Integration of Aerial Infrared Thermography and In Situ Radon-222 to Investigate Submarine Groundwater Discharge to Pearl Harbor, Hawaii, USA

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Limnology and Oceanography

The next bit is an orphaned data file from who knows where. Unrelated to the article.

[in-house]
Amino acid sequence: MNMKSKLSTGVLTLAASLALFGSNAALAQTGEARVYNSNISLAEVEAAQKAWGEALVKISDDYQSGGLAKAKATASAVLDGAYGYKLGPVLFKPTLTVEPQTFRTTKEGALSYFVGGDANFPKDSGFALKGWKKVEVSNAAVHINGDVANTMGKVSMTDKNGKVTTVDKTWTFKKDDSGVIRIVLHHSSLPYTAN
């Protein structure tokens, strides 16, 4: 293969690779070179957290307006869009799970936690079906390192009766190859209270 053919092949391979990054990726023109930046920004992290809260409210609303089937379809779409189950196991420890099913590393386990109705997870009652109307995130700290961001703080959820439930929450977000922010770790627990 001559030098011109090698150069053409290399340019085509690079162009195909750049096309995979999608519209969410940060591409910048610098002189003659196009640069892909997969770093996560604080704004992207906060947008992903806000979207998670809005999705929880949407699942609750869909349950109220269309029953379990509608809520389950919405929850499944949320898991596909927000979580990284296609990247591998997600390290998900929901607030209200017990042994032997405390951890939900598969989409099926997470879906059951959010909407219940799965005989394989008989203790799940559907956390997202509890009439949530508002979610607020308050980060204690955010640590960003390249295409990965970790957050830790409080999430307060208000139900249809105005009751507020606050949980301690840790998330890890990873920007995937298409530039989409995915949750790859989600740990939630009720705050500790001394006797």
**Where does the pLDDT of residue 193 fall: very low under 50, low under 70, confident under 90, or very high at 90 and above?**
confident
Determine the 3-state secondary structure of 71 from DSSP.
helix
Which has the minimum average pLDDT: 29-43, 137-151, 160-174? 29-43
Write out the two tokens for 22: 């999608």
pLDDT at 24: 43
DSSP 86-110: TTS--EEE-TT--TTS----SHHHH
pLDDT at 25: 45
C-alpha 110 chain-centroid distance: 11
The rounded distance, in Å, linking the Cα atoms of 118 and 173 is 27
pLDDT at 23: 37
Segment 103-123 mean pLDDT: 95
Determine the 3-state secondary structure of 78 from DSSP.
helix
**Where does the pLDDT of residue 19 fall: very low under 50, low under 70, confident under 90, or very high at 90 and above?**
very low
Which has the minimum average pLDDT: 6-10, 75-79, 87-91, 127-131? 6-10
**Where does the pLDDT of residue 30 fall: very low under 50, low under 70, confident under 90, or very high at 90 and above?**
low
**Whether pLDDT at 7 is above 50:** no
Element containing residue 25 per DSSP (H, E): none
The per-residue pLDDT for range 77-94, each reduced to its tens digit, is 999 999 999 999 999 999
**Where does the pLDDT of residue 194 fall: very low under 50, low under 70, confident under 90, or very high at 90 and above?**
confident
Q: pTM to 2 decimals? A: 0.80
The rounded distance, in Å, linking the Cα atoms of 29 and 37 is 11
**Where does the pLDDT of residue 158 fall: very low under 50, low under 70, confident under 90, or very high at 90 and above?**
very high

The largest freshwater spring complex in the Hawaiian Islands discharges groundwater into Pearl Harbor, Oahu, which is the largest estuary in the islands. This discharge occurs as subaerial and submarine springs, as non‐point‐source (diffuse) seepage, and as baseflow to streams. We conducted airborne thermal infrared remote sensing surveys of sea surface temperatures and ocean‐based 222Rn surveys of surface and deep waters to evaluate the efficacy of combining these methods to locate and quantify these differing groundwater discharges to the harbor. High spatial‐resolution (≤ 3.2 m) sea surface temperature data were advantageous for identifying and differentiating point‐source and diffuse groundwater discharge. Surveys of surface waters for 222Rn confirmed point‐source and diffuse seepage zones identified from the sea surface temperature maps. The 222Rn mid‐ and deep‐water surveys were crucial for locating benthic seepage not detectable by the remote sensing method. Groundwater discharge estimates from radon time‐series data agreed with radon surface water survey estimates. Fresh groundwater discharge estimates were also of the same order of magnitude as previous hydrologic estimates of spring discharge. We produced linearly and highly correlated relationships between plume areas and groundwater discharge by combining the thermal infrared and radon techniques. Such relationships may provide a way to up‐scale local groundwater discharge assessments to a regional area.